Dr Rhiannon PageResearch Associate
My research aim is to develop crop plants that will deliver higher yields and contribute to global food security. Evidence suggests that the best prospect for increasing genetic yield potential is to improve the conversion of sunlight into biomass i.e. the efficiency of photosynthesis. My work contributes towards furthering our understanding of photosynthesis, as well as identifying and testing out new approaches to improve its efficiency. Whilst at Lancaster University, I have had the opportunity to work with wheat, cowpea and soybean.
The majority of my research has been in plant development, genetics and molecular biology. I have worked on the following projects using the model plant, Arabidopsis thaliana: ‘Determinants of seed size and yield’, ‘The regulation of biological signalling by temperature’ and ‘Increasing wax production’. I have also been lucky enough to spend an interesting 11 months in a medical research laboratory investigating the genetics of nystagmus, a paediatric eye disease. At Lancaster, I have returned to plant science and initially worked on an International Wheat Yield Partnership (IWYP) funded project. Currently, my focus has changed to cowpea and soybean, with the aim of improving Rubisco biochemistry and and its regulation. This work is part of the RIPE (Realising Increased Photosynthetic Efficiency) project.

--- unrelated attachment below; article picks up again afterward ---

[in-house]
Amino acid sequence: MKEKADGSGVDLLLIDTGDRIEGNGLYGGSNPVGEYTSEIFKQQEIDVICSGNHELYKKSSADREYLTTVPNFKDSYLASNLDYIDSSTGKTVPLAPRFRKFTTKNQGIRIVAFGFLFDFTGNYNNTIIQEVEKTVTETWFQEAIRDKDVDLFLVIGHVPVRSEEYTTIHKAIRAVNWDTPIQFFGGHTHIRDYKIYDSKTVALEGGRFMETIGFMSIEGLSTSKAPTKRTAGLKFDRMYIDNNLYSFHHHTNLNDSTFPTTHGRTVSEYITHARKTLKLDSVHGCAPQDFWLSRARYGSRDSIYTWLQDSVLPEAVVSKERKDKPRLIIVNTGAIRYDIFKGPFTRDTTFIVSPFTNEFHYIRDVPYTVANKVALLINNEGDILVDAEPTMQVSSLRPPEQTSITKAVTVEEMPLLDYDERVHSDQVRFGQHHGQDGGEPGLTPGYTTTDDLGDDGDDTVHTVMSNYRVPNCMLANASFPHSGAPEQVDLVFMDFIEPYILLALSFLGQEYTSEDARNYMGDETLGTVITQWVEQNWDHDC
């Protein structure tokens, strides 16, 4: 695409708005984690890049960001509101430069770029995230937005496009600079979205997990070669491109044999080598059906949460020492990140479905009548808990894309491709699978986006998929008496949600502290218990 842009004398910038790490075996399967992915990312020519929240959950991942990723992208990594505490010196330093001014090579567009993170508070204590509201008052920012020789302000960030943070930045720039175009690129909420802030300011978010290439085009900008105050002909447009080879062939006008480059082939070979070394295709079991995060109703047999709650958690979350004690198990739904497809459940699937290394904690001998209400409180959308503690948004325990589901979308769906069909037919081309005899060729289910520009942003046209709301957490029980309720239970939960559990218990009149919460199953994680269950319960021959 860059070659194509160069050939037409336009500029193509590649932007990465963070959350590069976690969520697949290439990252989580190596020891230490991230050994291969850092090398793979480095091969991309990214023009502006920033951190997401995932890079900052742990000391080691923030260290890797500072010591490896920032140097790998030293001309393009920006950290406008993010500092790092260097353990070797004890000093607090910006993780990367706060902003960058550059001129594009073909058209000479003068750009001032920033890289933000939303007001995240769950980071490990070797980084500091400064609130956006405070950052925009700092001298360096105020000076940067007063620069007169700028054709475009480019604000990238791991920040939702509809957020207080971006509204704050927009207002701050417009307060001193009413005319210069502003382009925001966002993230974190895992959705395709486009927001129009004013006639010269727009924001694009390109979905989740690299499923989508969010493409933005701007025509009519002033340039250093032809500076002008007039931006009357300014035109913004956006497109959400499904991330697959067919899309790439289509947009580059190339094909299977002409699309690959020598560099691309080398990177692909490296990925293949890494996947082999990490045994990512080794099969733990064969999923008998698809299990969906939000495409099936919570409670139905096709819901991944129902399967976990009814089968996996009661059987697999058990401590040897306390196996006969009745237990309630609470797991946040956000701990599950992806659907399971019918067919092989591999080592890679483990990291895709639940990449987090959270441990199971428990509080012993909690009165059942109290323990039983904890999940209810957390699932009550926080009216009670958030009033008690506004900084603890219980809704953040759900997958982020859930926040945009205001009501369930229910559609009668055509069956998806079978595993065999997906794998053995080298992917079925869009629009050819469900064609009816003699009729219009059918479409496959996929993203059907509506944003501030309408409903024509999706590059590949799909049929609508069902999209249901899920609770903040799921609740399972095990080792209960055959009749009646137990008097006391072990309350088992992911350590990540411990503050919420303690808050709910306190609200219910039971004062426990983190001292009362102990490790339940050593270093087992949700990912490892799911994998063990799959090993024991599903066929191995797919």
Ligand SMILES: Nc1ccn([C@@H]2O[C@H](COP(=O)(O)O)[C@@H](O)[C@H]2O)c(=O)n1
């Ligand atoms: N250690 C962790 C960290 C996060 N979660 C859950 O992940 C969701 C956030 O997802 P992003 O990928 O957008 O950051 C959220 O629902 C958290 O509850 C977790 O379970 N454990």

2016-present: Research associate, Lancaster Environment Centre, Lancaster University, UK
2015-2016: Research technician, Southampton General Hospital, University of Southampton, UK
2011-2012: Research technician, College of Life and Environmental Science, University of Exeter, UK
2005-2009: PhD in plant molecular biology, University of Bath, UK
2001-2005: First class Undergraduate Masters in Biology (MBiol), University of Bath, UK
My degree included a one year industrial placement within the Insect and Nematode Control Traits Team at Syngenta, Jealott's Hill, Bracknell, UK.